From boys to doc­tors

South Florida Times - - FRONT PAGE - By K. BAR­RETT BILALI

GREENSBORO, N.C. - A his­toric black or­ga­ni­za­tion is mak­ing an ef­fort to in­crease the number of Black male doc­tors en­ter­ing the pro­fes­sion.

The Greensboro Med­i­cal So­ci­ety, which was founded in 1927, has ini­ti­ated a pro­gram to visit schools and en­cour­age young stu­dents to con­sider medicine as a ca­reer.

The so­ci­ety has es­tab­lished a pro­gram called Men’s Doc­tor Day. The pur­pose is to go into schools and reach out to young black males to en­cour­age, in­spire and ex­pose young boys to the med­i­cal pro­fes­sion.

Ear­lier this month, six­teen African Amer­i­can male doc­tors vis­ited Wi­ley Ele­men­tary School and in­spired 182 black boys from pre-K to the fifth grade.

“The par­tic­u­lar school we se­lected was so­cio-eco­nom­i­cally the poor­est school in the county, said Keith Fun­der­burk, who co­or­di­nated the event for the so­ci­ety. “The ma­jor­ity of these kids had never seen a black doc­tor.”

Wi­ley Ele­men­tary School's de­mo­graph­ics were 85 per­cent African Amer­i­can, ten per­cent Latino and five per­cent white or oth­ers.

“We would not deny any­one the op­por­tu­nity to par­tic­i­pate, but we wanted to have an im­pact on mi­nor­ity stu­dents,” said Fun­der­burk. “We are launch­ing a strat­egy to in­crease the pipeline of African Amer­i­can male stu­dents to pur­sue a ca­reer in medicine.”

For par­tic­i­pat­ing in the day’s ac­tiv­i­ties, each of the stu­dents re­ceived a stetho­scope and a tie.

Med­i­cal doc­tors are awarded a white coat af­ter many years of study, a long res­i­dency and be­com­ing a cer­ti­fied physi­cian or med­i­cal spe­cial­ist. So the so­ci­ety asked the teach­ers from each grade level to select one stu­dent to re­ceive a white coat based on the stu­dent’s aca­demics, at­ten­dance, and good con­duct in school.

Seven boys re­ceived white coats for each of the seven grades at­tend­ing the pro­gram.

“We wanted this to be some­thing they would re­mem­ber,” said Fun­der­burk.

The cri­sis of the de­creased number of black men be­com­ing doc­tors is real. African Amer­i­can males are sim­ply not pur­su­ing medicine as a ca­reer, said Fun­der­burk. There were 545 black men en­rolled in an ac­cred­ited med­i­cal school in 1978. Thir­tysix years later only, 515 black men had en­tered med­i­cal school in 2014.

“That is a stag­ger­ing statis­tic, said Dr. Alvin Pow­ell, a nephrol­o­gist based in Greensboro and one of the doc­tors to visit the ele­men­tary school. “At least, it is stag­ger­ing to me."

Pow­ell was one of the 545 black men to en­ter med school in 1978 af­ter com­plet­ing his bach­e­lor's de­gree at Columbia Univer­sity.

“I saw one African Amer­i­can physi­cian grow­ing up my en­tire child­hood life, said Pow­ell. “The sec­ond one I met in col­lege, third was in med school.”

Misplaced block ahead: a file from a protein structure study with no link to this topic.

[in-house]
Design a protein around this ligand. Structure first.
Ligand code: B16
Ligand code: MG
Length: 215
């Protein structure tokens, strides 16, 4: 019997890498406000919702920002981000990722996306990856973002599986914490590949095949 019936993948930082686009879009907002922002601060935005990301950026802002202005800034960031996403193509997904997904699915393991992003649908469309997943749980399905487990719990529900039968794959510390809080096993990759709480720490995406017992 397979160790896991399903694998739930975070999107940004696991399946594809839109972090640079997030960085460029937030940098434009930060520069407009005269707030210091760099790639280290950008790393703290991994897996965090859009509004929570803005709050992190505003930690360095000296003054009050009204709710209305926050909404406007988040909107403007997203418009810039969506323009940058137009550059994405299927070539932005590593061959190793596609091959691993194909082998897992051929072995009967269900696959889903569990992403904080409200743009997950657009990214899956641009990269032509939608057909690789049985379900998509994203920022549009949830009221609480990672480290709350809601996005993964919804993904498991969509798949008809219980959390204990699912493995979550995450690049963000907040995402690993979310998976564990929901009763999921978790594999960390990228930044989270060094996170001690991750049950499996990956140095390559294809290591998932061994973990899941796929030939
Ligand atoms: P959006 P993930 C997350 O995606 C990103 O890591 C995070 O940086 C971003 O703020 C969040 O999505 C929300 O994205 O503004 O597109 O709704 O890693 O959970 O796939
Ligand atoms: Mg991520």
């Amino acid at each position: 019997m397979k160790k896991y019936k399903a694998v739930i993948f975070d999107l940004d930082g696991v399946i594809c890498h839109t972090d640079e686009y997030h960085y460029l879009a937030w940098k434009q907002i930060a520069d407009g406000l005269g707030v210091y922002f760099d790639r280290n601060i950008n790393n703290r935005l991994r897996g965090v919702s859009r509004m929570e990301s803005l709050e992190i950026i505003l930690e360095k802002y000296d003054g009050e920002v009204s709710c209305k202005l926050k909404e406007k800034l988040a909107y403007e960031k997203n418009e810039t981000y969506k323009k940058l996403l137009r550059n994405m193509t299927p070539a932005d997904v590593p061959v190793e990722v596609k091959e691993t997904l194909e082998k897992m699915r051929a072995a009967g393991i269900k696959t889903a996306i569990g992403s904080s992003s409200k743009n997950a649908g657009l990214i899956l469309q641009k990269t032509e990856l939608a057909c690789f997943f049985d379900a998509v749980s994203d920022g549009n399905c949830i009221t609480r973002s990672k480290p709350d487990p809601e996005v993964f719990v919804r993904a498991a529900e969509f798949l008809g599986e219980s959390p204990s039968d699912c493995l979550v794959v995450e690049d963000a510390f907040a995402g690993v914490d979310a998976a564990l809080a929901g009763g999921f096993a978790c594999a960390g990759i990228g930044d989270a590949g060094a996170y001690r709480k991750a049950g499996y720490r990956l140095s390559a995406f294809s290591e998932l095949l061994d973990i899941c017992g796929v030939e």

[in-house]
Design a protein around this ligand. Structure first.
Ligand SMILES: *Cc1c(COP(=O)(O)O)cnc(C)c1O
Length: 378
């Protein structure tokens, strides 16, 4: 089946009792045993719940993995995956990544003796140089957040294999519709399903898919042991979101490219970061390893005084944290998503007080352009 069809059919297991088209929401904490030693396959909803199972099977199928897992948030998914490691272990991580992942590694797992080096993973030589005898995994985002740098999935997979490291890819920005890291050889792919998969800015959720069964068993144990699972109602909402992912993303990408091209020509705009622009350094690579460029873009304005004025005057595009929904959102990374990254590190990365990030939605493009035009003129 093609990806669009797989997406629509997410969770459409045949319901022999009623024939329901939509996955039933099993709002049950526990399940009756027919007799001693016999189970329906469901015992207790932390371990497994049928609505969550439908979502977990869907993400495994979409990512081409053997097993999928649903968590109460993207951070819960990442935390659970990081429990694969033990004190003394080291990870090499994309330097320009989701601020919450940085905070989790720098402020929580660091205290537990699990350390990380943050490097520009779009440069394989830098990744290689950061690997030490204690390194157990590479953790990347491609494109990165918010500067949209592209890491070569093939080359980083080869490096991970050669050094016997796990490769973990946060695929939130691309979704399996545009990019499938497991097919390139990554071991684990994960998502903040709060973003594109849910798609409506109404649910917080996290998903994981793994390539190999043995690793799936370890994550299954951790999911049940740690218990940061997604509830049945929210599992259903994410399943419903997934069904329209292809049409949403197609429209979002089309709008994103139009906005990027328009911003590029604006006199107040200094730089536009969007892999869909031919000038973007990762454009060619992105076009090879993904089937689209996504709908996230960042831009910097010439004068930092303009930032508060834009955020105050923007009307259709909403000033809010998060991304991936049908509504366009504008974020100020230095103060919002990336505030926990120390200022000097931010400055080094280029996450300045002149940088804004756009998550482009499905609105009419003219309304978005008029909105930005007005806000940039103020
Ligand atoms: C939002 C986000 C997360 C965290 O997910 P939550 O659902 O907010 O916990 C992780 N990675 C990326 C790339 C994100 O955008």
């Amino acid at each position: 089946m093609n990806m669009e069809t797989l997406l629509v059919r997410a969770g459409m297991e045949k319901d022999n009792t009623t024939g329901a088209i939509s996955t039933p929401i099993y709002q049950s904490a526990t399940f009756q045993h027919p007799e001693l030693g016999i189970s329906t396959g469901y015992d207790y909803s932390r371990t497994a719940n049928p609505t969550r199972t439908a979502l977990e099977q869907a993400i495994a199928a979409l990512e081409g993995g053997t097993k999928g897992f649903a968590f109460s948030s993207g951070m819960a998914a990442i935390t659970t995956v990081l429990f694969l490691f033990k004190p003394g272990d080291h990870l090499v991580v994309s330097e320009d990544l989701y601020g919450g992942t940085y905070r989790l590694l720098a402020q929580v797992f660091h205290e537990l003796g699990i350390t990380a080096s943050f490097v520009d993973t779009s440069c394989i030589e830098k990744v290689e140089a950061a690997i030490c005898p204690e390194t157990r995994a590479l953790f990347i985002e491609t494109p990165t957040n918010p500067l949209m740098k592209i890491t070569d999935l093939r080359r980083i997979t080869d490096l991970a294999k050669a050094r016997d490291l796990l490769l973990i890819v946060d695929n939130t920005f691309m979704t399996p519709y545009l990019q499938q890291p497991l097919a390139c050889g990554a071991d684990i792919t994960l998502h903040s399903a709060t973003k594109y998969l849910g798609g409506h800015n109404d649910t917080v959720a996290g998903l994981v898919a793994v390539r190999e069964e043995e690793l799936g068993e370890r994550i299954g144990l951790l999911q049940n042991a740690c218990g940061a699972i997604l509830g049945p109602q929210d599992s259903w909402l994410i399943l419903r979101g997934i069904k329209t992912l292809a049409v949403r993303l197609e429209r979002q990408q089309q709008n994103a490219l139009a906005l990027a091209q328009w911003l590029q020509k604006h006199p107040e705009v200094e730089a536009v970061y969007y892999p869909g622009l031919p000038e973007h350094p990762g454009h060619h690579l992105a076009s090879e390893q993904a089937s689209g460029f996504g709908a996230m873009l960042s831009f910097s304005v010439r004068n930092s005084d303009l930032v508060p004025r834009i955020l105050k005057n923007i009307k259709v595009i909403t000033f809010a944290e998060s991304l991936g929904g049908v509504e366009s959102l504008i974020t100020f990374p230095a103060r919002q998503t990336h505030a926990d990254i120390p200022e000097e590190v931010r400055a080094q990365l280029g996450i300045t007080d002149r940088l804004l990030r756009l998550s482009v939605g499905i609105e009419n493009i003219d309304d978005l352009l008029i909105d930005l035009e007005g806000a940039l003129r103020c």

As for work­ing with such young boys, Pow­ell said the ages four to eleven-year­sold is “the cor­rect age to ex­pose these kids to hope and op­por­tu­nity.”

Pow­ell asked some of the boys what they wanted to be when they grow up. Some said a bas­ket­ball or base­ball player.

“I said, ‘What if you don’t be­come a big man,’ They had a dumb­founded look,” said Pow­ell.

A more re­cent re­port cites the fi­nan­cial ex­pense of med­i­cal school, bias/stereo­types of black men, and im­agery/ca­reer at­trac­tive­ness as some of the key fac­tors for the de­creas­ing number of black males be­com­ing doc­tors.

The re­port also high­lights the im­pact of these young stu­dents at­tend­ing school that are underperforming aca­dem­i­cally. The Wi­ley Ele­men­tary School is ranked aca­dem­i­cally as the 1,275th school out of 1,414 in North Carolina.

“The higher prob­a­bil­ity of Black males at­tend­ing underperforming schools which lack pre-med­i­cal re­sources and ex­pe­ri­enc­ing teach­ers that lack cultural aware­ness in­flu­ences the number of stu­dents in ‘the pipeline,’” said the 2017 re­port en­ti­tled, An Amer­i­can Cri­sis: The Lack of Black Men in Medicine.

“Un­con­scious bias,” said Pow­ell about the be­hav­iors of some teach­ers. “They may be di­rect­ing stu­dents away from med­i­cal schools”

Pow­ell, who grew up in Bos­ton, re­counted a story of his fifth-grade teacher’s re­ac­tion to a book re­port he handed in.

“She said, quote, ‘This sounds like your book re­port was copied from the jacket of the book.’” Along with those bit­ing words, he got a C+ for a grade.

Pow­ell ran home and told his mom. She made him go to the li­brary and find the book and bring it to the teacher to prove that he did not copy any­thing.

“The book was Mr. Pop­per’s Pen­guin,” said Pow­ell. “She [the teacher] made an as­sump­tion and al­le­ga­tion, graded me and gave me a poor grade. As a young boy, I re­al­ized that I was be­ing treated dif­fer­ently because of my race.”

Pow­ell and Fun­der­burk both agree that the chal­lenge of in­creas­ing the number of black young men en­ter­ing into med school is a dif­fi­cult one but not in­sur­mount­able.

“It’s a daunt­ing task,” ad­mit­ted Pow­ell. “But if we don’t get in­volved, whose go­ing to get in­volved?”

The med­i­cal so­ci­ety pro­vided a sim­i­lar pro­gram for young Black fe­male stu­dents in De­cem­ber 2017.

PHOTO COUR­TESY OF GREENSBORO MED­I­CAL SO­CI­ETY

GOOD MEDICINE: Dr. Chris Miller works with young boys at Wi­ley Ele­men­tary School in Greensboro, North Carolina in­spir­ing them to be­come med­i­cal doc­tors.

PHOTO COUR­TESY OF GREENSBORO MED­I­CAL SO­CI­ETY

WHITE COATS: Seven boys re­ceived a doc­tor's white coat to in­spire them to pur­sue a ca­reer in medicine.

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